Today is the first day in a week that I didn't get up at 4am to go to work. I really wish I could say what I've been working on, because it's awesome, but I have to keep that information in a secure location for at least a few more days.
It was pretty great that I got to sleep late - I rolled out of bed at 8, despite my efforts to convince my brain that it should shut the fuck up and sleep while it can - and it was especially nice to see that my dogs were so happy to see me.
Both of the dogs met me at my bedroom door and proceeded to follow me all around the house while I made breakfast and stuff. I texted Anne: The dogs must have missed me, because they've been following me everywhere since I got out of bed 20 minutes ago." She texted back "Oh, I didn't feed them before I left." I replied, "Awwww DAMMIT!"
It's been a pretty great day already, what with the sleeping in and basically earning a day off, but it's about to get a whole lot better, since Red Dead Redemption came out today, and I can play a whole bunch of it without feeling guilty.
Some of you may know that I'm a character in RDR ... now all of you know that I'm a character in RDR ... and it's always fun and weird to play a game where I can hear my own voice come out of one of the characters. Thinking about that while I made my coffee this morning reminded me of this post from the vault about a character I played in Ghost Recon 2 many years ago:
I play David Foster in Ghost Recon 2. I've been waiting for months to play it (ever since I recorded my first few lines of dialogue), and last night, I finally got my chance to try it out.
I couldn't sleep, so rather than lie in bed and toss around until I woke Anne and got The Wrath, I quietly went down to the living room to play.
Okay, the first mission? SO @!#$^%ING HARD! But that's good, because it sets it up for the player that this isn't going to be a cake walk. Save early, and save often, as the saying goes.
After several tries, I finally completed it with my entire squad intact, if slightly wounded. Funtimes!
On to mission two: blew the bridge with no problem, and lead my squad around the left side of the building complex, where we took a big group of hostiles completely by surprise! Yes! A few times, I heard me (Foster) tell myself, "Great shot!" or "Fire in the hole!" I must say, I am quite the badass . . . and so is David Foster.
After we cleared this courtyard, I consulted my map and saw that we had a few hundred meters to cover before we met up with the British squad, so decided to send my men on the right flank while I went up the left side.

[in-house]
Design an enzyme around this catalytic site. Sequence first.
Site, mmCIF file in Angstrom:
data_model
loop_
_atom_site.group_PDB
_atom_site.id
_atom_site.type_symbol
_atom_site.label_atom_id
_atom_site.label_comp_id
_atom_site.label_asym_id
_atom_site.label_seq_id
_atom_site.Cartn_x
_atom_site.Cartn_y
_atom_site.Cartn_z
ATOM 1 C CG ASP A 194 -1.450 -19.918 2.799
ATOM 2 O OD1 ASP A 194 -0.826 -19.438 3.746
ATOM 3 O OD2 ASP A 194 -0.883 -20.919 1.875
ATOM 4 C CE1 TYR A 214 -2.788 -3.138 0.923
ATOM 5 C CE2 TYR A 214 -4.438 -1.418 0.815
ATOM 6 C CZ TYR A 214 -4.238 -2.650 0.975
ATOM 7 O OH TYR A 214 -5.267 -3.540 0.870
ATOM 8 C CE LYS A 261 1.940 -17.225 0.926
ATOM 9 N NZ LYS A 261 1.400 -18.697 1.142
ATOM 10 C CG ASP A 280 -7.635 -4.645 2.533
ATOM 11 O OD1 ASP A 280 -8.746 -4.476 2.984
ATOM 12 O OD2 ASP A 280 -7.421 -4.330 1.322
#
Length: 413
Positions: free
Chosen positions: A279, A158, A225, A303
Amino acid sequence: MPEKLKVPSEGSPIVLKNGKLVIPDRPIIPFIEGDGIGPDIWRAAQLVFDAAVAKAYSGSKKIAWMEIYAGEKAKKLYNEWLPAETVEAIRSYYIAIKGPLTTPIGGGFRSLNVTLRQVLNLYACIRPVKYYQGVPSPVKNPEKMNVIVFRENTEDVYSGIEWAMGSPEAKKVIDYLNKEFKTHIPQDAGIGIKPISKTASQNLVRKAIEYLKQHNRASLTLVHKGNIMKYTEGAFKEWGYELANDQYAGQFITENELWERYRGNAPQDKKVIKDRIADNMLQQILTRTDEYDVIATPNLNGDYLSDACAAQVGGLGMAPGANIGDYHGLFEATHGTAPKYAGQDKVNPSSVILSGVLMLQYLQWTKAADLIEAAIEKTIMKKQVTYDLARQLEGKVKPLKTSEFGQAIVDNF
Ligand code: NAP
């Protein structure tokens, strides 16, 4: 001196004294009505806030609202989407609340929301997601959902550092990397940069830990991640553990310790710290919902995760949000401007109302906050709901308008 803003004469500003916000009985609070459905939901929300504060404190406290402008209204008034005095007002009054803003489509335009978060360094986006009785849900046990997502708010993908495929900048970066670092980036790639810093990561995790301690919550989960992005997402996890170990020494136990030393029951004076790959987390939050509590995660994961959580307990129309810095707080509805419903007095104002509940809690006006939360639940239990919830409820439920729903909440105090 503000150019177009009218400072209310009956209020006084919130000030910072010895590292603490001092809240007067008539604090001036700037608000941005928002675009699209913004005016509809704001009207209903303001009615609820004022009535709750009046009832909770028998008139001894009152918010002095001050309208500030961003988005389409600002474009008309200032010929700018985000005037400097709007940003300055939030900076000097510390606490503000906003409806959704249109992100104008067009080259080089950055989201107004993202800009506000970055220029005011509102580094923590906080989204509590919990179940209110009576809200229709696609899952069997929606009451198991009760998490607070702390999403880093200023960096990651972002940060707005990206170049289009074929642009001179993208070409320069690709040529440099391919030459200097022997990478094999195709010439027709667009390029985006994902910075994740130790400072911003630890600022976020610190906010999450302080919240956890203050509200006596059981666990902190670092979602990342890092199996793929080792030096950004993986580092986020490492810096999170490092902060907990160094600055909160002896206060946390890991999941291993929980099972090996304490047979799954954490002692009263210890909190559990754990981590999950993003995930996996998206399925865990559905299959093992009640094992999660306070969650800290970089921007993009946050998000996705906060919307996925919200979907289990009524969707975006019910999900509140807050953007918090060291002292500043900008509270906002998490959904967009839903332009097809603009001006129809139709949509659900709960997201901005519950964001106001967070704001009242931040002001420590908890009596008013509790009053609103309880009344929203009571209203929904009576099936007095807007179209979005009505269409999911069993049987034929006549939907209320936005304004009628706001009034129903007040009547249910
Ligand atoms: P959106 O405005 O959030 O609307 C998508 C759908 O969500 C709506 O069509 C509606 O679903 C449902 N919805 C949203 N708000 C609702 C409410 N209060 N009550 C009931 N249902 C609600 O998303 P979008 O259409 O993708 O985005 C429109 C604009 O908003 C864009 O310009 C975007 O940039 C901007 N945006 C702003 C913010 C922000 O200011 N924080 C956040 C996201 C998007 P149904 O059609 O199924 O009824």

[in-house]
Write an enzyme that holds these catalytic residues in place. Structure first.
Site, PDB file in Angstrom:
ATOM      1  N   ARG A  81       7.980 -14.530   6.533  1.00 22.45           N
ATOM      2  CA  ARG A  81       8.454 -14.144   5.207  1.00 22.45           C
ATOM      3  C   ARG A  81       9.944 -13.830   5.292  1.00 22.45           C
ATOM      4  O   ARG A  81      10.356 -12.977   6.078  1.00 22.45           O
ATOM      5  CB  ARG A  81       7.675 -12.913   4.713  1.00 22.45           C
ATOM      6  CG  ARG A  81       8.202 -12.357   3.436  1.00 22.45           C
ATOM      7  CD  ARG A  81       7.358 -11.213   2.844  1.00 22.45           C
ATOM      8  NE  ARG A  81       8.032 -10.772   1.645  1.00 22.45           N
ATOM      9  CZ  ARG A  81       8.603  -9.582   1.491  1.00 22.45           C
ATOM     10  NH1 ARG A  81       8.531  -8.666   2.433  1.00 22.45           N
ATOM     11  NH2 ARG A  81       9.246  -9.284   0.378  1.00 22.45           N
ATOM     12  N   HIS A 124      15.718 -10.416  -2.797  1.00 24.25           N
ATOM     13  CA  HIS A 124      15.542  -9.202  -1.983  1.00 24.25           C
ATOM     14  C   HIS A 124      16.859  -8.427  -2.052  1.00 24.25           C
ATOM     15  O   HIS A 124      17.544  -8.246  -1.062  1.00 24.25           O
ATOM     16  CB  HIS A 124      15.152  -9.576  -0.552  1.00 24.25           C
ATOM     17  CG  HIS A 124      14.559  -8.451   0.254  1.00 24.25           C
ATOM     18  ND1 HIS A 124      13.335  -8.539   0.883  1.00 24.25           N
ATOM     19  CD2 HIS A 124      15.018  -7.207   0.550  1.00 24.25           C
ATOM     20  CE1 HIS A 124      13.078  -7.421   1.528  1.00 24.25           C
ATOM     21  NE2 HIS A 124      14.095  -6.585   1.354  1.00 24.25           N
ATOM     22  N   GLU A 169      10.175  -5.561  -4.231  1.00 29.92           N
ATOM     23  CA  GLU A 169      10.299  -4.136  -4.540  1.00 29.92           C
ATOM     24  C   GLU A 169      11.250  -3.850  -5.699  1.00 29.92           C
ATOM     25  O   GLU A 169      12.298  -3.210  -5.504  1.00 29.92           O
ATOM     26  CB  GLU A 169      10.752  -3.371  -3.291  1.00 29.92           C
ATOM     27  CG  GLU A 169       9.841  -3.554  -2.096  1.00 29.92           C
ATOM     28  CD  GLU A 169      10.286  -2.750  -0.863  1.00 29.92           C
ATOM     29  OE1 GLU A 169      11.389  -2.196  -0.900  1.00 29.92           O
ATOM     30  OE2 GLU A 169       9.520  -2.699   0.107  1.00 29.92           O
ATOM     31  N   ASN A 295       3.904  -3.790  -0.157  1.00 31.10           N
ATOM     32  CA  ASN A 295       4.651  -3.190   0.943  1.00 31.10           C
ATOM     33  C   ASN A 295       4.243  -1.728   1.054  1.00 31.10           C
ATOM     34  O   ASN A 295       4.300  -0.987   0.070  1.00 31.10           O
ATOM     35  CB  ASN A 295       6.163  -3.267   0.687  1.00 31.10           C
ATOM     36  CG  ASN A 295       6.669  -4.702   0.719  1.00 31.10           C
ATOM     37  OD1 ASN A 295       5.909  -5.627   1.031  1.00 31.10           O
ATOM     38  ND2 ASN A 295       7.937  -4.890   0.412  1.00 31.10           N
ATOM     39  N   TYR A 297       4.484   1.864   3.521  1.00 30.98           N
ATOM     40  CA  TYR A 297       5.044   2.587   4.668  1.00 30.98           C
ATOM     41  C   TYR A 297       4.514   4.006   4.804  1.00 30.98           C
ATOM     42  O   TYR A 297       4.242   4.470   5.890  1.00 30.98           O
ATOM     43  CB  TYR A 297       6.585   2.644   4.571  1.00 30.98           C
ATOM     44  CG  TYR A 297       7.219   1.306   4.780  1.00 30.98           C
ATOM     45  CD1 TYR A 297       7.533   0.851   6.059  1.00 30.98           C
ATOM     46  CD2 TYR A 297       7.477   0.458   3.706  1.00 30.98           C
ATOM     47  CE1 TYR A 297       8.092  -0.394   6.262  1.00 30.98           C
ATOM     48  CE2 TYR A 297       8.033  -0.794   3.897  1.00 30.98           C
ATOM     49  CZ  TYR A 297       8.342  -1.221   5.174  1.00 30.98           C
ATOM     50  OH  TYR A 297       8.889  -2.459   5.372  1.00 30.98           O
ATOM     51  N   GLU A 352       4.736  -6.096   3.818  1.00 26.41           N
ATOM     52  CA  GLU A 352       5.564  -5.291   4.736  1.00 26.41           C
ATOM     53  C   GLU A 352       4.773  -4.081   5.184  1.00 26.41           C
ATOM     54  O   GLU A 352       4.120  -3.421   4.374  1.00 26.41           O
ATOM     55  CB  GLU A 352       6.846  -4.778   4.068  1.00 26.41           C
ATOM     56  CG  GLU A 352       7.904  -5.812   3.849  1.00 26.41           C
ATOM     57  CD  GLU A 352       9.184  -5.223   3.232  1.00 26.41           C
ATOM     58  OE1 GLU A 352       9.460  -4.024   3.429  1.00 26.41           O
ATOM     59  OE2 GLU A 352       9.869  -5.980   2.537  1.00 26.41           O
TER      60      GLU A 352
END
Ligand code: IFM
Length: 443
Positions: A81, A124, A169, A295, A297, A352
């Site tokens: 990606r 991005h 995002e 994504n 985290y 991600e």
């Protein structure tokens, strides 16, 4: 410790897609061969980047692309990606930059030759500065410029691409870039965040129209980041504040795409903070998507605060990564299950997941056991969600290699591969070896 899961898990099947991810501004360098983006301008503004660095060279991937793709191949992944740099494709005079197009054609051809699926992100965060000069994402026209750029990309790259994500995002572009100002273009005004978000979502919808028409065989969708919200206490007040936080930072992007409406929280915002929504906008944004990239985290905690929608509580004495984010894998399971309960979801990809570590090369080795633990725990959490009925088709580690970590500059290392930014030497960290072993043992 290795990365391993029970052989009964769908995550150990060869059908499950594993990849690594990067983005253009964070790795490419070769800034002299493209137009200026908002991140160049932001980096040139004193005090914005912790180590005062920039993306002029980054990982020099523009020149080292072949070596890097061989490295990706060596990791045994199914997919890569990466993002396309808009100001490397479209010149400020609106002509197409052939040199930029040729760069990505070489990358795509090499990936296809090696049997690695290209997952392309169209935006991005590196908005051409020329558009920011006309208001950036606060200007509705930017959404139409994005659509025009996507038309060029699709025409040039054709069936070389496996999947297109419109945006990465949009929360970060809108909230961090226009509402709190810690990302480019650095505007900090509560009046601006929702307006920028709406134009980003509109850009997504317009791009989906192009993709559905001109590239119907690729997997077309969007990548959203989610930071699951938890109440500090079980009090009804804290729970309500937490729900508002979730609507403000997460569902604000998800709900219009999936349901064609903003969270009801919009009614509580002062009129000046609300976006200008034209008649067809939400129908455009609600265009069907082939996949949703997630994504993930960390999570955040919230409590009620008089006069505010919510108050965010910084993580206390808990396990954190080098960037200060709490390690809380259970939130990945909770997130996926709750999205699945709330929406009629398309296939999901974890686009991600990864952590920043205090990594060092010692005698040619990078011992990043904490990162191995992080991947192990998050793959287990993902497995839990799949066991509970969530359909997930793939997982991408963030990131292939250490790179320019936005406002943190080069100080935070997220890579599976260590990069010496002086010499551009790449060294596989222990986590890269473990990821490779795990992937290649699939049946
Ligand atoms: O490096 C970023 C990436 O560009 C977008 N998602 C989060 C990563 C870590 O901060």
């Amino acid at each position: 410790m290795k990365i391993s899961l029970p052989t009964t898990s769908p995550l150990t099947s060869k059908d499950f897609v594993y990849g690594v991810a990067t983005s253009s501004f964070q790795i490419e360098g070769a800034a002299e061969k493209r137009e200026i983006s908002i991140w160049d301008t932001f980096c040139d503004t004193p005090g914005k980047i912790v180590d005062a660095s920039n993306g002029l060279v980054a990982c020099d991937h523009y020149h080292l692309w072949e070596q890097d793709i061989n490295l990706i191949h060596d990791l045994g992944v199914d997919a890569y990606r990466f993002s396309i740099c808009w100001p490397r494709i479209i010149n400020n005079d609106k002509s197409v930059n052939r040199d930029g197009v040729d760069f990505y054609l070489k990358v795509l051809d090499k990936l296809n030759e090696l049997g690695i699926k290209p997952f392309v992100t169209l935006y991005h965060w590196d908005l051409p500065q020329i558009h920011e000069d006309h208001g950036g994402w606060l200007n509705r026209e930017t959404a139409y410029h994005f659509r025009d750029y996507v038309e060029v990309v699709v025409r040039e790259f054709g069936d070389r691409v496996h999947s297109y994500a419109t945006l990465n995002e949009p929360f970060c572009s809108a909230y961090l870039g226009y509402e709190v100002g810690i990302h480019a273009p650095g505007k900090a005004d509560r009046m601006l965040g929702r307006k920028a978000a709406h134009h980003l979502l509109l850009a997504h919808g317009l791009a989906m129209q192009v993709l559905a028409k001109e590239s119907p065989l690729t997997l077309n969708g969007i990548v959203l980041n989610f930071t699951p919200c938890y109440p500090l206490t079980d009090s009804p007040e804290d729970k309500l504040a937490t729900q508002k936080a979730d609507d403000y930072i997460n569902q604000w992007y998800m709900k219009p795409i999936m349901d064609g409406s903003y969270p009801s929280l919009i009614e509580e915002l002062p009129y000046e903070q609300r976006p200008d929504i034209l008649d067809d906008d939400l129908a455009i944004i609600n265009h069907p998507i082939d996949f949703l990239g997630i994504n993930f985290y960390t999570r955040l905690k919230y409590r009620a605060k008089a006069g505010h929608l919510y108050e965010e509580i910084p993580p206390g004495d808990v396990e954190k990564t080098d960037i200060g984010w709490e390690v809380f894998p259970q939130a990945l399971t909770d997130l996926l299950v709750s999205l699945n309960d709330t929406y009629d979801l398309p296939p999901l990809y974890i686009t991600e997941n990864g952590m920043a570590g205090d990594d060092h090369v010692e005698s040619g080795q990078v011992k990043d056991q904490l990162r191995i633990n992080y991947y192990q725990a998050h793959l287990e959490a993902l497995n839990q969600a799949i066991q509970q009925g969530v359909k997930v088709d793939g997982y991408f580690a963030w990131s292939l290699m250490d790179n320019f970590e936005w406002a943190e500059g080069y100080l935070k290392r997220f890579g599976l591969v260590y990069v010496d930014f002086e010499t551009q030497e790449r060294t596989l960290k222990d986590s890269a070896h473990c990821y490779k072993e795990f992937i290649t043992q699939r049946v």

"Copy that," is that last thing I heard myself (Foster) say before a hail of gunfire errupted from behind some bushes.
"GARRAGGHHH!!!!!" I (Foster)screamed.
"Foster's been hit, captain!" Someone in my squad said, while I listened to myself (Foster) writhe in agony. "Oh shit!" I thought. "I have to save myself!"
I ordered my squad to lay down suppressive fire on the two North Koreans who had me (Foster) pinned down, and I crawled through the grass until I was close enough to adminster aid.
I heard the zip of the bullet cut through the air in front of me, just before it buried itself into my (Foster's) head.
"Foster is down!"
"We've lost Foster!"
"NOOOOO!" I shouted, loud enough to wake my entire house.
Luckily, the doors were all closed, and maybe my scream was louder in my head than it was in my living room, because The Wrath I would have gotten when Anne realized I was mourning my (Foster's) death in a video game would not have been pretty.
I reloaded the mission and tried again. This time, I ordered Foster to hang back while I tossed way too many grenades near the area where I knew the hostiles were lurking. Yeah, I spammed 'em good.
We hooked up with the Brits, held off a pretty nasty assault while we waited for extraction, and made it into the chopper relatively unscathed.
I don't know why, but I left out a key detail when I wrote that: I had Foster park himself in the start area, and didn't let him move until the entire area was cleared. It was a tough mission, and I made it tougher by doing it without one of my key party members, because I was so traumatized by his (my) untimely demise.
I cringe when I hear my writing voice from those days, but I'm willing cut myself a tiny bit of slack, because I was young and foolish then (I feel old and foolish now). The story still makes me smile, though, so I think it's a fair trade off. As Chuck Lorre would say, "Not so funny then, very funny now."